Whether or not you have ever sold a home, there exist challenges to selling a home never seen before. It takes a “cool hand” to make the deal work. Maybe I should say, it takes a lot of cool hands to make it work. There are lot of different ways to sell a house but the reality is that each house, each situation, each agent, each seller, each buyer, each month, and each lender make for a unique set of circumstances that can affect the home sale. I decided to put together some quick tips on today’s market for sellers. I do mean these tips to be exact for today not next week, next month or next year – but today. Some may be true later, but the point is that things change.
1.) Never believe that your next door neighbor knows more about your home’s value than your REALTOR®. This is absolutely the first mistake in pricing your home for sale. Your neighbor has a biased opinion. They want you to increase the value of their home. If you don’t sell the home, it has no affect on them. It does affect you. You did not sell your home.
2.) Whatever appraisal value you received in the past does not matter now. Many sellers commonly had their home appraised during a re-finance or home equity line application and believe that value should be their current value. Those appraisals were a part of the super-hype-lending-frenzy period and do not reflect the value of the home today. The appraisal guidelines have become much more conservative. The credit for granite counter tops has dropped to insignificant and comparable properties are scrutinized over and over again through the appraisal quality control system now in place.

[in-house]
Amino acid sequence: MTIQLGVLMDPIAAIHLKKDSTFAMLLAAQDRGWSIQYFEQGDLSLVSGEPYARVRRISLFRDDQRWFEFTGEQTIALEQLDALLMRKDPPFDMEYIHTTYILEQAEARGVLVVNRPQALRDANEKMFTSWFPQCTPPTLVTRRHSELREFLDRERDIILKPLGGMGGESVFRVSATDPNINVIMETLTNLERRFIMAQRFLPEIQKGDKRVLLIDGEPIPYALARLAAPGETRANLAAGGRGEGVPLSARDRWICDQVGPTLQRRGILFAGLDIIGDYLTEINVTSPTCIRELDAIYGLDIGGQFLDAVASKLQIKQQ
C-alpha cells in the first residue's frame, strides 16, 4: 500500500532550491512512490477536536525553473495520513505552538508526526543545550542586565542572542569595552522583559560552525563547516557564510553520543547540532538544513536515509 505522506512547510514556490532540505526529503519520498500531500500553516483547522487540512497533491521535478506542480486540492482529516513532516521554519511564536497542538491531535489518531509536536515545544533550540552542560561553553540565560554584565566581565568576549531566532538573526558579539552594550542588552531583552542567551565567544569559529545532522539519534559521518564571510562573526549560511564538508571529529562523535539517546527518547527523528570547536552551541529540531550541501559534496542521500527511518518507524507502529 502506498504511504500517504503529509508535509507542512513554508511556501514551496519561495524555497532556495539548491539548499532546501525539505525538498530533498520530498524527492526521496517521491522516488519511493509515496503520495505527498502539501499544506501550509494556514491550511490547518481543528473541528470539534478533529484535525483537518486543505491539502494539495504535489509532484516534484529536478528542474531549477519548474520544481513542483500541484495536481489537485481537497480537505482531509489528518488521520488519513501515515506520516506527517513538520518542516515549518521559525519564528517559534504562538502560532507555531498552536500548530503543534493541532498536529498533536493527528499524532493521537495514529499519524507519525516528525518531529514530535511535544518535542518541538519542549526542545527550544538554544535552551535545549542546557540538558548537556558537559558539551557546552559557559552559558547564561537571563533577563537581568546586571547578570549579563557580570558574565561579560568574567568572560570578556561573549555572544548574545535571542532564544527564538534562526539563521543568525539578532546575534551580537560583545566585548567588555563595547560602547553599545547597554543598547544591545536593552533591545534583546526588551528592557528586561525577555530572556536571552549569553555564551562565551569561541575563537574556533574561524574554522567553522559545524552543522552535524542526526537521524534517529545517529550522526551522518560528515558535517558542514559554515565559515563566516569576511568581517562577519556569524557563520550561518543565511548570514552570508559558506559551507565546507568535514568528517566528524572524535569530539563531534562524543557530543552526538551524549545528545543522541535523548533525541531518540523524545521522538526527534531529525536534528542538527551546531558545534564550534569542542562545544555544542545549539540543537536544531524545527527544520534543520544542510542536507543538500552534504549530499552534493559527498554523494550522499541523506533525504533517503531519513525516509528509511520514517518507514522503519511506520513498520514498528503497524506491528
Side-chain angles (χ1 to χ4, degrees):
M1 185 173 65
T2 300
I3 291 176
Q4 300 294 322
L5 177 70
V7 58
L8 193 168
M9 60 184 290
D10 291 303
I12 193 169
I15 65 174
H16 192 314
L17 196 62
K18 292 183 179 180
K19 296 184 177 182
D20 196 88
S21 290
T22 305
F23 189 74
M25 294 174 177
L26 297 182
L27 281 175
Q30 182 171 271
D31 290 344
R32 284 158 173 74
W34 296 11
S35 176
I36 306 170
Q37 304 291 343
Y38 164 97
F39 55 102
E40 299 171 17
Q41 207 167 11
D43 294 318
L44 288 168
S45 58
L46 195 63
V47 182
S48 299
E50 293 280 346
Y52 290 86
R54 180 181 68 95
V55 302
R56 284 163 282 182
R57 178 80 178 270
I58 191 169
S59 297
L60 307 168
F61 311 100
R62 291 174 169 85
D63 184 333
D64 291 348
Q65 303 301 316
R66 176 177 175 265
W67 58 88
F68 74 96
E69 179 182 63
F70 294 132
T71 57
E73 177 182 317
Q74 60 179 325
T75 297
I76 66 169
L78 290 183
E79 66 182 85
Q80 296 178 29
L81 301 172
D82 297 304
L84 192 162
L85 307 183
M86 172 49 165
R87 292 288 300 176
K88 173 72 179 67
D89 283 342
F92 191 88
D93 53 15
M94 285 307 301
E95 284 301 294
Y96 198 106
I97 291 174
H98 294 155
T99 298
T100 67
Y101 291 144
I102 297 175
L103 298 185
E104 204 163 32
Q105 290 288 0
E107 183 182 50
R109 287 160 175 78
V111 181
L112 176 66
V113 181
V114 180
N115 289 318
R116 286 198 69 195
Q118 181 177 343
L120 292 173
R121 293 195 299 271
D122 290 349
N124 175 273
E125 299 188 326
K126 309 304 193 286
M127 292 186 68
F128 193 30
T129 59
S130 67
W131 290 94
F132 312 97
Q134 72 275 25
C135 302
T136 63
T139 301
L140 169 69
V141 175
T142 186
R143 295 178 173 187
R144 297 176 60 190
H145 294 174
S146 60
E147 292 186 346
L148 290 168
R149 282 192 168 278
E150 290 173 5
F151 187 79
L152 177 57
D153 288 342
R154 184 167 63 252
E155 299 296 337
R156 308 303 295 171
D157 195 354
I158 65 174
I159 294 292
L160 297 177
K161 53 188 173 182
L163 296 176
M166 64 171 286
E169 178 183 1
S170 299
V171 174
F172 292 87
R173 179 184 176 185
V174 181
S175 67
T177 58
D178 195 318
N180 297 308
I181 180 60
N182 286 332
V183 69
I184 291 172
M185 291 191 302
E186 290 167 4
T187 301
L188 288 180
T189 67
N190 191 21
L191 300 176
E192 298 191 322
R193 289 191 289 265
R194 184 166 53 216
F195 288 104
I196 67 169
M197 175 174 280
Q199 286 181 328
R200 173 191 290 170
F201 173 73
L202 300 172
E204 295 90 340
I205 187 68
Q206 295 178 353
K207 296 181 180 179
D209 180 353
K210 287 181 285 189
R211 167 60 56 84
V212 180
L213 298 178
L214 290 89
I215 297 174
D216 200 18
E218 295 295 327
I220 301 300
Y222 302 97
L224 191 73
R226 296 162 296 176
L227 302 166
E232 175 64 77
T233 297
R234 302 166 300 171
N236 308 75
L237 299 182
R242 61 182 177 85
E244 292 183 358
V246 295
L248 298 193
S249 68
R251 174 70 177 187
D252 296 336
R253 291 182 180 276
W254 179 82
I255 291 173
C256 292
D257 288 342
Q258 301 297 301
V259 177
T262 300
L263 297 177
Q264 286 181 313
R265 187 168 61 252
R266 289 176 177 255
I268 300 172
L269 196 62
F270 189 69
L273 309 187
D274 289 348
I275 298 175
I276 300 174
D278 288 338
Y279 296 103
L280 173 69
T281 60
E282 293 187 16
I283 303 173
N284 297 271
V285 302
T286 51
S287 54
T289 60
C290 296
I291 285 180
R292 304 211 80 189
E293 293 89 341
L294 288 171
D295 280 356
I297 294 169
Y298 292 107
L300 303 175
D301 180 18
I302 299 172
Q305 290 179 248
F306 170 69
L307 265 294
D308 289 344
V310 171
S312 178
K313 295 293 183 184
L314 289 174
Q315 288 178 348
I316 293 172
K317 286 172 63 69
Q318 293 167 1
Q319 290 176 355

3.) It is great that you upgraded your home. If you upgraded with weekend trips to Home Depot understand that the buyers in this market know the difference between Home Depot remodels and designer remodels. Don’t get me wrong, any update helps in the selling of a home. But recognize the value of that update is dependent on design, consistency, quality, and whether or not the buyer can tell you did it in a weekend. If you have oak cabinets in the kitchen and then found some cherry cabinets on sale and threw those into the laundry room; buyers notice. If you remodeled for your own personal taste, that is great. I hope you sincerely enjoyed it. If you are remodeling for potential buyers, remodel with quality and consistency in mind.
4.) Curb Appeal does matter. Generally, the first photo taken of any home is the front of the house. That is your first 3- second impression moment. Make sure it counts and catches the buyer’s eye. Move the cars out of the driveway. Take the “home sweet home” sign down. Wash, paint, rake, plant, beautify as if you were holding a wedding on your front lawn this coming Sunday. Truly.
5.) Make your home accessible to showings. Answer every phone call request with a smile, and vacate the property for each showing. Make sure your agent uses a digital lock box so that every agent that enters your home is recorded (for safety). Then let it be shown. It takes on average 100 people to see the home on line, 10 agents to show the home, for one offer to be generated. You want your home shown a lot! If you only show between 1-4pm on Saturdays, you are limiting your pool of buyers. You are in fact limiting your chances to sell your home.